What About the Readers?
Most of you are probably a bit tired of reading about the e-book/self-publishing revolution, but today I’m going to jump into the fray with a question I’ve been thinking about.
As traditional publishing is no longer the only or even the best option for writers to get their work published, more and more people will go the route of self-publishing their books. I’ve said before and I’ll say again that I don’t have a philosophical problem with this, and in fact, in private conversations I find myself encouraging some writers to go this route.
But as I’ve considered the proliferation of self-published books that will surely grow exponentially over the next few years, I began to wonder: Who benefits from all of this?
Surely not the reader, who already has thousands of books from which to choose, and who will never in a lifetime run out of choices even if all publishing were to cease today. Right now, it’s not readers who feel like they’re in crisis. It’s writers—and to a certain extent, publishers. So writers are looking at alternate ways of getting their work in front of readers, and publishers are working to keep up with the times. And meanwhile, readers walk into Barnes and Noble or click on Amazon and find no shortage of books to read.
My conclusion: This trend toward self-publishing serves primarily the writer.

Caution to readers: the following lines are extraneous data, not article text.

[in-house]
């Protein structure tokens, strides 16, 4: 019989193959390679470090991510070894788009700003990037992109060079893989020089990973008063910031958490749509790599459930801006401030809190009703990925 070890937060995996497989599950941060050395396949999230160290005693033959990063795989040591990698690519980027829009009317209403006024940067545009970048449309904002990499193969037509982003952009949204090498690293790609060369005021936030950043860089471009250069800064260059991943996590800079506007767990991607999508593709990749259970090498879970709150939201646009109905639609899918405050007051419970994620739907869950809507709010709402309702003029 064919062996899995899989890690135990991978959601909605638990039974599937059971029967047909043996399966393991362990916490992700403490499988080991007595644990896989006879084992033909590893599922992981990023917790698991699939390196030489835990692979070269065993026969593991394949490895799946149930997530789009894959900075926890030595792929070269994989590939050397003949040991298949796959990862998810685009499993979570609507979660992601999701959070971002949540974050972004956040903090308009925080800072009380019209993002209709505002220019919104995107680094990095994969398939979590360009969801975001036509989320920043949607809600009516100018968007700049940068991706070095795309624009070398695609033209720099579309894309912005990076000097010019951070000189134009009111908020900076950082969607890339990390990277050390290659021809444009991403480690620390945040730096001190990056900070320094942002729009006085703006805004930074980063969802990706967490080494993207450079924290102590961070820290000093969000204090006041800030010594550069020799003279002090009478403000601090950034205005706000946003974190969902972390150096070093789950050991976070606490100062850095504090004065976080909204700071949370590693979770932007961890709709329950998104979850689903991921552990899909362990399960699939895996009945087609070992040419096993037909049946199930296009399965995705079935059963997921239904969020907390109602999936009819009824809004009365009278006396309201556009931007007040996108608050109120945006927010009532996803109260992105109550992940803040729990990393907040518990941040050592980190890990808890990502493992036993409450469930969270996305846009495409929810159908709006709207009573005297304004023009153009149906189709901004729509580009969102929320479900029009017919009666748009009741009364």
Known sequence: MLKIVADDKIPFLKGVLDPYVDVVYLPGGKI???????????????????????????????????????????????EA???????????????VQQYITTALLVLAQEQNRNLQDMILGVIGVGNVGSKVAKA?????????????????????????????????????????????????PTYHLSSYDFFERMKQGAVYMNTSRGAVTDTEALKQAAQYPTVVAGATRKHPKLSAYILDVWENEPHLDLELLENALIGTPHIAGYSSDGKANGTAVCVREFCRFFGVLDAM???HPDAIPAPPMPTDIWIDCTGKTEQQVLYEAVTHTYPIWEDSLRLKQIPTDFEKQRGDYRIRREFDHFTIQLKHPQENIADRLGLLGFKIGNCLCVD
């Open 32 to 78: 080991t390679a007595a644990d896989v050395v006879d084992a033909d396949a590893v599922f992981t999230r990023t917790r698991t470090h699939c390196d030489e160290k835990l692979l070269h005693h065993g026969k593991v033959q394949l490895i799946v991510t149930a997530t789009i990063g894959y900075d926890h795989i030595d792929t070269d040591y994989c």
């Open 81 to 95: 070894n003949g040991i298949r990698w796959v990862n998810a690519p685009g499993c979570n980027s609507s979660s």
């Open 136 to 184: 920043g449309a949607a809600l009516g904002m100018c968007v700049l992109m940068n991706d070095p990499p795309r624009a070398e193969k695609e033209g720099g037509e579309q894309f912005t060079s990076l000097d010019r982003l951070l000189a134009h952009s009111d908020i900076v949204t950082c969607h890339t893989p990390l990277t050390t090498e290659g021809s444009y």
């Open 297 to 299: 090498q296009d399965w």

(Not readers and not the publishing industry as a whole.)
It’s a way for writers to get their books out to an audience, to get published, and hopefully get read. It serves the writer’s need and desire. (I’m not saying this is a bad thing.)
The reader, meanwhile, is faced with an increasingly mind-boggling array of choices, and the difficult task of trying to ascertain which of those choices will suit their tastes.
I realize it can (and will) be argued that “more choice” is an advantage for the consumer. I don’t necessarily buy this view and in fact, I think it makes it tougher for readers to choose.
Traditional publishers, for all the complaints against them, have been serving the reader for decades. In their gatekeeper role, they’ve tried to publish only those books they believe the readers will buy and appreciate. They’ve worked with authors, often for months or years, to revise, edit and polish prose so that the reader receives a quality product. They’ve worked with all the old-fashioned distribution channels to see that books appear in the places (i.e. retail stores) where readers will find them.
Who will serve the reader now? Who amongst us has the reader’s best interest in mind, rather than the writer’s? Who will help readers identify “good books”? Who’s going to tell us which books represent excellence in the use of language and in the expression of stories and ideas? I believe most readers still want this kind of assurance and gatekeeping—they have neither the time nor the inclination (or even the skill) to do it themselves.
Who’s going to successfully identify what readers really want, and figure out how to give it to them? (Hint: Companies like Goodreads are doing a pretty good job.)
My proposition today is this:
The publishers, agents, booksellers, and writers who can come up with increasingly better ways to serve readers rather than writers will be the big winners in the long run.
What say you?
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© 2011 Rachelle Gardner, Literary Agent